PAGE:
The death of standstill agreements in Inheritance Act Claims?

iht standstill agreement

“Litigation should be a last resort”

- Paragraph 8, Practice Direction – Pre-Action Conduct and Protocols

This Practice Direction and the pre-action protocols do not alter the statutory time limits for starting court proceedings… If proceedings are started to comply with the statutory time limit… the parties should apply to the court for a stay…”

- Paragraph 17, Practice Direction – Pre-Action Conduct and Protocols

Claims under the Inheritance (Provision for Family and Dependants) Act 1975 are becoming more commonplace. However, a person wishing to make such a claim only has six months from the date of the grant of probate or letters of administration to do so. If they do not start their claim within this deadline (called a limitation period), then following a recent case in the High Court, there is now an even greater risk that they will be unable to do so.

The Court has discretion to extend the six-month deadline and the principles that the Court will take into account when excising this direction are summarised in the case of Berger v Berger [2013] EWHC Civ 1305. In short, the Court must be satisfied that the delay in issuing the claim was justifiable and that there is a sufficiently good claim to allow it to proceed.

The very recent case of Cowan v Foreman & Ors [2019] EWHC 349 (Fam) has cast doubt and raised concerns about whether or not the parties to such prospective litigation can agree between themselves that the six-month deadline should be “extended”.

Using a 'standstill agreement' 

If a limitation period in any claim is soon to expire, then it is common practice to agree what is known as a standstill agreement. A standstill agreement is a contractual agreement between the parties not to rely on the expiry of the deadline as a defence to the claim.

There could be several reasons why it would be worthwhile entering into a standstill agreement but the main one is to avoid the cost and expense of having to prepare and issue a claim, following which the parties are then committed to a litigious process which can generally only be brought to an end by the agreement of the parties or a decision by the Court.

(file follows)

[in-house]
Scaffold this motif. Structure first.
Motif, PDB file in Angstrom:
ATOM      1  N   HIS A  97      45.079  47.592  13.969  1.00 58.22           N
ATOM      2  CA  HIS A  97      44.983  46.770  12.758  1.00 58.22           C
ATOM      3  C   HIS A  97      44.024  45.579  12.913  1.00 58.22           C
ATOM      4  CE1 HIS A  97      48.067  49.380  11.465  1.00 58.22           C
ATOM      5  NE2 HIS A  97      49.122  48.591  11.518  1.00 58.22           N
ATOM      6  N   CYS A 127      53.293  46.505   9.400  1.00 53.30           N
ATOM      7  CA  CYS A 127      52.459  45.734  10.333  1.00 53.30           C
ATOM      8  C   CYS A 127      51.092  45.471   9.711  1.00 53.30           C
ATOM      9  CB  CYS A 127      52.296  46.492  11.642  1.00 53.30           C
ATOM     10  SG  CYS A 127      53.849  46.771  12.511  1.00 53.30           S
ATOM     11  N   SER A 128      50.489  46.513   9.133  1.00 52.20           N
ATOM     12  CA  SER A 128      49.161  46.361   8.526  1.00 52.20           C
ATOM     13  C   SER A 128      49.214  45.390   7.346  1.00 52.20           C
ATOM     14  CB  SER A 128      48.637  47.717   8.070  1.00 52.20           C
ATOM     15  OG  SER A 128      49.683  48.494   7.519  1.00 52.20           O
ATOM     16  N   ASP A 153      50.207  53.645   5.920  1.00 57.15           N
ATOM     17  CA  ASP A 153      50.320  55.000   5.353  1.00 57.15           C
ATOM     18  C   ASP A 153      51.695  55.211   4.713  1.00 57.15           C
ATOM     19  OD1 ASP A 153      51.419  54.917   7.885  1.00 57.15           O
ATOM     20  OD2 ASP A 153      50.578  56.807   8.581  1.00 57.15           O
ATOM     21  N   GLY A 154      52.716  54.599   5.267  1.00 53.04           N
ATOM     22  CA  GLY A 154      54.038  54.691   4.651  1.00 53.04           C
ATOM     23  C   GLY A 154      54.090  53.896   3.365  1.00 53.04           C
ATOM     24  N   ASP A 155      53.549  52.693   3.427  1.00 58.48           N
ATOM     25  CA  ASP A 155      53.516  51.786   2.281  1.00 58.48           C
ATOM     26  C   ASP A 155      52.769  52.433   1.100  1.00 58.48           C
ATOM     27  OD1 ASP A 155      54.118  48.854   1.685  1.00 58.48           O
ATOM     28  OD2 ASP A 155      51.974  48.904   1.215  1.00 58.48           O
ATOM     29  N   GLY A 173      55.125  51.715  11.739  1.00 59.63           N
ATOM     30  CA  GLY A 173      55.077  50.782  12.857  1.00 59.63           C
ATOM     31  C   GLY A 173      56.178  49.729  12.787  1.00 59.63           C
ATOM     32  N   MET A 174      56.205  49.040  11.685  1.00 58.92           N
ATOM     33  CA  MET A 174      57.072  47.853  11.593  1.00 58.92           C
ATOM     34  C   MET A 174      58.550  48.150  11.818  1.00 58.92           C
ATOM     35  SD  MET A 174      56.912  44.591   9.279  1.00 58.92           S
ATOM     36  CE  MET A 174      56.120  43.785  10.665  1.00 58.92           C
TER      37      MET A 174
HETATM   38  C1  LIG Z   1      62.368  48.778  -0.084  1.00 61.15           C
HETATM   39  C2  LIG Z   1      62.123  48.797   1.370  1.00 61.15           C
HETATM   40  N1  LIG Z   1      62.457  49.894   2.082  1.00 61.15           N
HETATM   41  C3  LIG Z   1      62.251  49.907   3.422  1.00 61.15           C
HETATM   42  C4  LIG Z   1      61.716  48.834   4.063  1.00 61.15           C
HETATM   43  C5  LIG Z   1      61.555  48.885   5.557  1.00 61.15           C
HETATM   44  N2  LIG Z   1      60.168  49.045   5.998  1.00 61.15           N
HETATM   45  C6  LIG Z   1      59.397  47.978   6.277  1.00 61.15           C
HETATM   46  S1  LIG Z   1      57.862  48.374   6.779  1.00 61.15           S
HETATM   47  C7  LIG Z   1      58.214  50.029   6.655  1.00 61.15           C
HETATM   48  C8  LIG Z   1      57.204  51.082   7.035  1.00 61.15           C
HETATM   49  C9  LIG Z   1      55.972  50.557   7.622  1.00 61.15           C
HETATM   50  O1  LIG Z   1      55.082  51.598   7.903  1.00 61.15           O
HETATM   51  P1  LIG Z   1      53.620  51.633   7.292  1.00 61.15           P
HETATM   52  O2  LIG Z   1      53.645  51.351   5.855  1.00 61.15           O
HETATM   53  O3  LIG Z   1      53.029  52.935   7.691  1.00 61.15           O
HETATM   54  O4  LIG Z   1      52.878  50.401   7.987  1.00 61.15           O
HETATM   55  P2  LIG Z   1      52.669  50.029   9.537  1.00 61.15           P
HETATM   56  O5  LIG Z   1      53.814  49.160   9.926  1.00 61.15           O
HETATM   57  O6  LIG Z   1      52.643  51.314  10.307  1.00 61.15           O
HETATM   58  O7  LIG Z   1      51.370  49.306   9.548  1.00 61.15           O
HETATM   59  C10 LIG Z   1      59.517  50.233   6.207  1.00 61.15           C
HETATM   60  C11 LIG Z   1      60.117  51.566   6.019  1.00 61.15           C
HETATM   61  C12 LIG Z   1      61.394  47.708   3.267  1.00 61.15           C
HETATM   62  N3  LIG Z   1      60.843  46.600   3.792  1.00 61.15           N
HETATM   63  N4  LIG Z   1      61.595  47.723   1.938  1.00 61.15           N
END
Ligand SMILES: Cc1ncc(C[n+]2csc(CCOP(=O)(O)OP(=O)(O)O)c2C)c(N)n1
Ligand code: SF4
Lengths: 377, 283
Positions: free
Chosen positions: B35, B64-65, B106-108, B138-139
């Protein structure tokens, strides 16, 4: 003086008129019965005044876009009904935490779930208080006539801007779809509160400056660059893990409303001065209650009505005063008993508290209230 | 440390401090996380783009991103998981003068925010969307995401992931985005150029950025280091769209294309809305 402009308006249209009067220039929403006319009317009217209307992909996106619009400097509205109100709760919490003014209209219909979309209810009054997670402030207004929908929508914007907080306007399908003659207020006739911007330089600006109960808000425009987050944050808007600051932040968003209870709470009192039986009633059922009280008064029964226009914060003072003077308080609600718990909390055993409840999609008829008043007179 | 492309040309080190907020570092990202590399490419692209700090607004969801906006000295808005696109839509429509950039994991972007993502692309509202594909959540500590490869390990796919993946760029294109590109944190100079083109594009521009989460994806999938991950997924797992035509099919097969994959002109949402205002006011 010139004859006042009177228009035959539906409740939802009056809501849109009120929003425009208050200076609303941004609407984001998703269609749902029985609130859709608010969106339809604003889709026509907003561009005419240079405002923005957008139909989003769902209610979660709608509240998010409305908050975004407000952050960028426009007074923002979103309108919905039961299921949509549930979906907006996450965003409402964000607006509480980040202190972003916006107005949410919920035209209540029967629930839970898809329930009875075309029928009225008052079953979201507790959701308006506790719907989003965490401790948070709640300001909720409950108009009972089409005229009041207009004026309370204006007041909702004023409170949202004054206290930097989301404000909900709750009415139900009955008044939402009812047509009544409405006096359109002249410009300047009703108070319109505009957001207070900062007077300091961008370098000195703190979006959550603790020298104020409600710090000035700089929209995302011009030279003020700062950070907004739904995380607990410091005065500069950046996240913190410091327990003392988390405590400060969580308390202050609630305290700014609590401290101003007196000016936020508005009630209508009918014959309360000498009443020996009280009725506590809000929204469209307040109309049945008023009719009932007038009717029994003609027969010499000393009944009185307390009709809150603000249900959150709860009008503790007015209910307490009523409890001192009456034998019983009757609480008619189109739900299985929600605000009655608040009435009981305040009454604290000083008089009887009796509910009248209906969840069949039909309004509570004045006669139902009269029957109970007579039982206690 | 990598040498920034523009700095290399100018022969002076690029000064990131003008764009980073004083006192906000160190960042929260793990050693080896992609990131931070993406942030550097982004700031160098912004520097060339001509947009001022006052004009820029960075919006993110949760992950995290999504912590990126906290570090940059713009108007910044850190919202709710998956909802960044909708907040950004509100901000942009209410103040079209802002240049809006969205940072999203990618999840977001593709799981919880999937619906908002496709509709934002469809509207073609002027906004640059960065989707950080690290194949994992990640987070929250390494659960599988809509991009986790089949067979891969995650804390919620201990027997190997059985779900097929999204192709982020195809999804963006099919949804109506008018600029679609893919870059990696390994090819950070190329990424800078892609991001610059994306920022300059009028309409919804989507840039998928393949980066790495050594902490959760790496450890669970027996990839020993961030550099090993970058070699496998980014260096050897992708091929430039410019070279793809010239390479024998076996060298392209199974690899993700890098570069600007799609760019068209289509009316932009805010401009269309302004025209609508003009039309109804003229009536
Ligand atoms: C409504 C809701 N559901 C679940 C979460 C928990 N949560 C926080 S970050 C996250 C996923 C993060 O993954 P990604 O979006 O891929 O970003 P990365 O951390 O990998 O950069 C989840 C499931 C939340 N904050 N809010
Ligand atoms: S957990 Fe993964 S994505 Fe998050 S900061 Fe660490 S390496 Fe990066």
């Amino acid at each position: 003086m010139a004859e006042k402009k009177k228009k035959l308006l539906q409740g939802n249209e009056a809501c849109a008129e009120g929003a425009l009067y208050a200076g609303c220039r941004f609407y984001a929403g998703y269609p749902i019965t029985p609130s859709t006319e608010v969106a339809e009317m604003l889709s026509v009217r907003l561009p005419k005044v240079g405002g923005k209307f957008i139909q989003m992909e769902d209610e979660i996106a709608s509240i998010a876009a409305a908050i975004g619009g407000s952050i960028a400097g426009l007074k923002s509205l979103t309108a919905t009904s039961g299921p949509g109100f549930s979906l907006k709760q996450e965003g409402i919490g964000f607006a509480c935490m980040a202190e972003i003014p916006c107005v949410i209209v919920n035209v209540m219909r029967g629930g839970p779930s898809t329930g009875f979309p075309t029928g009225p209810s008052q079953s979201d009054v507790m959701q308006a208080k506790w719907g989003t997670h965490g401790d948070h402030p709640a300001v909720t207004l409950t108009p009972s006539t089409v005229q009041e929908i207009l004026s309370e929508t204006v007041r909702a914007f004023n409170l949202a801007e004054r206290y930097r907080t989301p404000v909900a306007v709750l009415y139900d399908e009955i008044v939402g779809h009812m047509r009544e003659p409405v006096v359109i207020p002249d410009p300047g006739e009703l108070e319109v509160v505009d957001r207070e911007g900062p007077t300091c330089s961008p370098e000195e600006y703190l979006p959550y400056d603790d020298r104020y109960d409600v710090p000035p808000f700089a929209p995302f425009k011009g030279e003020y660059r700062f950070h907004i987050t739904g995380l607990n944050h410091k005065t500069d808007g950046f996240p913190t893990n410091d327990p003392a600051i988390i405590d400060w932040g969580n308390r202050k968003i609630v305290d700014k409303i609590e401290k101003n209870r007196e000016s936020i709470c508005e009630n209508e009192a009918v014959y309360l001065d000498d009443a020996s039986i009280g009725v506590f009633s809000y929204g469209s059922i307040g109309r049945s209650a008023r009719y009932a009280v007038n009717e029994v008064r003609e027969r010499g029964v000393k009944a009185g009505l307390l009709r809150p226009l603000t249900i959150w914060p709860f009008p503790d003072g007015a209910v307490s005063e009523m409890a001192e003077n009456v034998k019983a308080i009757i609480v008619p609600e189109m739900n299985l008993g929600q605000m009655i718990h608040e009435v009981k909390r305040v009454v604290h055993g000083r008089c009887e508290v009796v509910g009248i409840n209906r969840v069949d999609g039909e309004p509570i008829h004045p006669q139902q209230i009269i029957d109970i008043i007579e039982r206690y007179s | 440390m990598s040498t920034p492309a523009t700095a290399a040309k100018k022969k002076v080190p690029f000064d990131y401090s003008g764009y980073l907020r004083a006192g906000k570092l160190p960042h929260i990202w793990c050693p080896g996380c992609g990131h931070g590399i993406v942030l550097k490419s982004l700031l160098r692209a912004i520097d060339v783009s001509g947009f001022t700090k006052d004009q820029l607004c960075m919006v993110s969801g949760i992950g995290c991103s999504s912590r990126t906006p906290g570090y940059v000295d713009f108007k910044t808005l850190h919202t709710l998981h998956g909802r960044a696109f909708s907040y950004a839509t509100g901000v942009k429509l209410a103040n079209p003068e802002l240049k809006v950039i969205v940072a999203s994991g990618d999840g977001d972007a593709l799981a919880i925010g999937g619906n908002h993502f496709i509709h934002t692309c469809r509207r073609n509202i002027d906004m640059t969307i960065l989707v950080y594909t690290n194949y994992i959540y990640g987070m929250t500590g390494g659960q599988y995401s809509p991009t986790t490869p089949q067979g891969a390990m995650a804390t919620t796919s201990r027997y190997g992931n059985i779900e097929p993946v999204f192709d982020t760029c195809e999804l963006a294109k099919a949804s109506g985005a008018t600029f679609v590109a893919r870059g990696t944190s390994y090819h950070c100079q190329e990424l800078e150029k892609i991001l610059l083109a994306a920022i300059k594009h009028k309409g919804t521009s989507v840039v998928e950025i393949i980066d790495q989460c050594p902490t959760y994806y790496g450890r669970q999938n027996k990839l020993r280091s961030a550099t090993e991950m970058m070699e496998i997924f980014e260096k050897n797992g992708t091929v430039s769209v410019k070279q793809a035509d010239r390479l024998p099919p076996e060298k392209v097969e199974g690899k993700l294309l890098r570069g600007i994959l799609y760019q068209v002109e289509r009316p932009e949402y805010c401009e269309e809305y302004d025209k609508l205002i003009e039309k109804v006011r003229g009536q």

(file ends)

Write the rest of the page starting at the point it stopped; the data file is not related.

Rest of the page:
A stand-still agreement enables the parties to negotiate and, much of the time, it is possible to agree a settlement without having to go to Court; something which the Court (certainly until this recent case) is keen to encourage.

Every practitioner will tell you that it is quite commonplace to agree to a standstill agreement, particularly in Inheritance Act Claims, where there are a lot of considerations to take account of and the parties may not have had the opportunity to explore all of the facts of the matter which may be relevant and enter into meaningful negotiations.

Furthermore, when issuing the claim, it is not a simple as just filing a claim form at Court, as it is in some other cases, which stops the limitation period from running. In Inheritance Act Claims, it is expected that all of the evidence and all of the facts of the case should be filed at Court with the claim when it is issued. This involves a lot of work and potential expense, particularly for complex cases, which may otherwise be avoided if the parties are able to agree on a settlement between themselves.

What is the problem with standstill agreements?

However, in this case, Mr. Justice Mostyn stated:

I was told that to agree a stand-still agreement of this nature is “common practice”. If it is indeed common practice, then I suggest that it is a practice that should come to an immediate end. …I suggest that in no future case should a privately agreed moratorium ever count as stopping the clock in terms of the accrual of delay…